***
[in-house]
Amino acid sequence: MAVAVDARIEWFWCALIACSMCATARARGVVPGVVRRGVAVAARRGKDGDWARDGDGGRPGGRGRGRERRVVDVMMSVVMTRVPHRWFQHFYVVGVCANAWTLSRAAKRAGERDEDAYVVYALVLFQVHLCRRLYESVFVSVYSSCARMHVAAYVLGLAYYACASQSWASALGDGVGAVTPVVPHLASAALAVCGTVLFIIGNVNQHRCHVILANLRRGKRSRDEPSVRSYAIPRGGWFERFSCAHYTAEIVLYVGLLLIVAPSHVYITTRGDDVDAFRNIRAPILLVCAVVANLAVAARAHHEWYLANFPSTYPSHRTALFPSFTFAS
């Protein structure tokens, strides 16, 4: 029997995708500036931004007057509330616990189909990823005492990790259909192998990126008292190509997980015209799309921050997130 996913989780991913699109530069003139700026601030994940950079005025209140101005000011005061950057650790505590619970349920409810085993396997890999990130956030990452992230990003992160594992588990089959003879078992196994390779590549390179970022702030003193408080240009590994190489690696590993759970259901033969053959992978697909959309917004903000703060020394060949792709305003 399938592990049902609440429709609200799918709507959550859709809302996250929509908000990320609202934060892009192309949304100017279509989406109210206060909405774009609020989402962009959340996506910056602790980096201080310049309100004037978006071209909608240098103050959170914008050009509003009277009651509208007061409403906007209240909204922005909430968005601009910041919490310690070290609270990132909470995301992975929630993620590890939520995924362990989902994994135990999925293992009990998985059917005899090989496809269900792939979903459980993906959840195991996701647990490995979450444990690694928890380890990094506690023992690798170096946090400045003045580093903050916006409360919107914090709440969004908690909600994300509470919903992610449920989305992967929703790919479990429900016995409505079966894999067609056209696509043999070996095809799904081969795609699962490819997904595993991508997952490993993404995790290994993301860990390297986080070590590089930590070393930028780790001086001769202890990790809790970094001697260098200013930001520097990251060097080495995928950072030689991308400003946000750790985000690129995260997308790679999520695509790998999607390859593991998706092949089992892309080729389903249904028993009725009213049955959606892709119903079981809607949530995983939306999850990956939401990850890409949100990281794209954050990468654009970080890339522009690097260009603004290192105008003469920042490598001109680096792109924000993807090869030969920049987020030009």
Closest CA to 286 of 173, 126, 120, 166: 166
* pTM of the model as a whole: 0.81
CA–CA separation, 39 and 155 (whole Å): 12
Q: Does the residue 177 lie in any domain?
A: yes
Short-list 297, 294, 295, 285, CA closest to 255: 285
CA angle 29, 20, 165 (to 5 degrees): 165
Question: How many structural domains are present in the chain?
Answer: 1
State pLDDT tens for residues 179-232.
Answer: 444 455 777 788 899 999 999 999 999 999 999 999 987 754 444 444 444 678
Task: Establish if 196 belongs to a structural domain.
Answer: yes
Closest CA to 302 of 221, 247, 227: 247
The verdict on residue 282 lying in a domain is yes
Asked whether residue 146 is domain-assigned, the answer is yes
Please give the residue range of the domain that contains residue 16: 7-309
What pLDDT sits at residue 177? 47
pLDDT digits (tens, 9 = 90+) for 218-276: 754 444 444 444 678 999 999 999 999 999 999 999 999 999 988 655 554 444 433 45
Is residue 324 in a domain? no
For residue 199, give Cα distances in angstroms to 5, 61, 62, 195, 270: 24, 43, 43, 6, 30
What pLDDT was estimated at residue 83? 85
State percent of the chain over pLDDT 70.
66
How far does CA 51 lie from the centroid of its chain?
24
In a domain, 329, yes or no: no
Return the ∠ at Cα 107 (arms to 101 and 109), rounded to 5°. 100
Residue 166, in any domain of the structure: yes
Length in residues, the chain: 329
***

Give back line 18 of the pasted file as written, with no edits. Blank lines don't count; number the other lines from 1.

The verdict on residue 282 lying in a domain is yes